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Pienaar, U. de V., 1970. The recolonisation history of the square-lipped (white) rhinoceros Ceratotherium simum simum (Burchell) in the Kruger National Park (October 1961 - November 1969). Koedoe 13: 157-169, pls. 1-4, figs. 1-4

Location: Africa - Southern Africa - South Africa
Subject: Ecology - Habitat
Species: White Rhino

Original text on this topic:
Kruger NP, reintroduced population - Ceratotherium simum. It soon became apparent, however, that the new immigrants did not take to the mopani areas of the north and wandered great distances in search of more suitable habitat. To date, this is the most recent area of colonisation, and also the most important, as it approximates most closely, in both topographical and vegetational aspect, their original habitat in the Umfolozi game reserve. The gently rolling hills and relatively open Terminalia woodland savanna of this region, with its dominant cover of Themeda triandra and Hyparrhenia spp., proved to be most generally acceptable to the new immigrants, and in due course considerable numbers of rhinos took up permanent residence here.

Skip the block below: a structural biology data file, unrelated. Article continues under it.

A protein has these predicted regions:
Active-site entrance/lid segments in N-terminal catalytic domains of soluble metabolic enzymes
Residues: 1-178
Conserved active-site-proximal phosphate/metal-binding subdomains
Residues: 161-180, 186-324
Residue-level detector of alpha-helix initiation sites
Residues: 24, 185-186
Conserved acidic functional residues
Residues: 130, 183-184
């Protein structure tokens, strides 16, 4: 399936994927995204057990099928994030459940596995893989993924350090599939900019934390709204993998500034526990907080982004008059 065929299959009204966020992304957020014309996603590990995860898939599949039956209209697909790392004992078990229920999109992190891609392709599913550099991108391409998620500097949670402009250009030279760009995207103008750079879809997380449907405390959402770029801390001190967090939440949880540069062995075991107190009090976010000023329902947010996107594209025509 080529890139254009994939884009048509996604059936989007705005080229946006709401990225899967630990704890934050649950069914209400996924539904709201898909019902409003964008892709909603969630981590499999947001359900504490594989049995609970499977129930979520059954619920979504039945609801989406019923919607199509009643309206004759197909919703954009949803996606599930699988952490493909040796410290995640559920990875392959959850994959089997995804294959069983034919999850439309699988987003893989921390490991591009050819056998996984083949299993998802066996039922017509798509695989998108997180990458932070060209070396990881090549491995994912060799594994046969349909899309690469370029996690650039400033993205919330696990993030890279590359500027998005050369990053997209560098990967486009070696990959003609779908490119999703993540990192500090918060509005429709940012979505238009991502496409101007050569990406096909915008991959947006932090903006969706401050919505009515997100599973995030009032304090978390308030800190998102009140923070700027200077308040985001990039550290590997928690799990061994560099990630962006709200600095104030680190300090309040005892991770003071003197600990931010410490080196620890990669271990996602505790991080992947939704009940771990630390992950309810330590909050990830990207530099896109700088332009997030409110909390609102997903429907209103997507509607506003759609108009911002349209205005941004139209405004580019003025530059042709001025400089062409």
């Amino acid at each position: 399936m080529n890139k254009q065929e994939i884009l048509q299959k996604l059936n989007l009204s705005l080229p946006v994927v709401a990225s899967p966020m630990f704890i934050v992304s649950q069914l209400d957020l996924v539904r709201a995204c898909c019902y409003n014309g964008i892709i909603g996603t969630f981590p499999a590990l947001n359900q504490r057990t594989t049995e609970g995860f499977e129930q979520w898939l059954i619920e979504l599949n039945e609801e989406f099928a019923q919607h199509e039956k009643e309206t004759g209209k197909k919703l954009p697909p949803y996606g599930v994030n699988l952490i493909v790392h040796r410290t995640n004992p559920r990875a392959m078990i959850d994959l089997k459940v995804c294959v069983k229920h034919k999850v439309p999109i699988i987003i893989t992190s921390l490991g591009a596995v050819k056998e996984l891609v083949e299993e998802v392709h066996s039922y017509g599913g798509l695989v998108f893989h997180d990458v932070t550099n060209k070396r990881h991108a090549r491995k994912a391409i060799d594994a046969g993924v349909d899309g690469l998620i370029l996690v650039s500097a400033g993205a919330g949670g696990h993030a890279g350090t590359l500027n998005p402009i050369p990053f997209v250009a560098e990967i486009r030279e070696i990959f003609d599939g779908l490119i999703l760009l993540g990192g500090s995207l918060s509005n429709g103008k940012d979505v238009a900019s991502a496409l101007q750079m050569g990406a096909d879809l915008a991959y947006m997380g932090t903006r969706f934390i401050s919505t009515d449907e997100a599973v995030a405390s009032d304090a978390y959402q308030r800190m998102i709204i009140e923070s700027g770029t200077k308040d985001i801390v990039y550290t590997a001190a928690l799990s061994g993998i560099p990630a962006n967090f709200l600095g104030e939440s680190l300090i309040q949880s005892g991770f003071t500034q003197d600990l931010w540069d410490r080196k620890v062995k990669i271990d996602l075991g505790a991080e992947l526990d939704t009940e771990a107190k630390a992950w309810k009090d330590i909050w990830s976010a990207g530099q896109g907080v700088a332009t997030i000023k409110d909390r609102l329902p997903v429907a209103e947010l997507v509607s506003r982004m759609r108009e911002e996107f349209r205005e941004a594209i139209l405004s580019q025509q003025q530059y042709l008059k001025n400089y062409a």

This then (i.e. area E) has become the most important rhino habitat of the Park, and differs significantly from all the other rhino habitats in that it is the only area (apart from area D), which is not covered by dense woodland or thicket. Areas B, C and also F are situated in dense Acacia welwitschia, Albizia evansii - Euclea thickets with only patches of more open grassland and woodland on the brackish glades along the rivers and their tributaries. It does seem possible that the selection of these habitats by the animals is a protective adaptation to their foreign surroundings, and that these animals will eventually move out to more characteristically open habitats elsewhere. As yet, they have shown no inclination to leave these areas, except for occasional wanderings, and this may be considered a.,: adequate confirmation for the reported presence of square-lipped rhinos in the dense Nwatimhiri bush in 1895 (vide Kirby, 1896).
The attempt to settle square-lipped rhinos in the northern mopani woodlands and savannas was an almost complete failure. Of the 15 animals originally released at Shipandane along the Tsende (area G in Fig. 4), only one bull and one cow remained.

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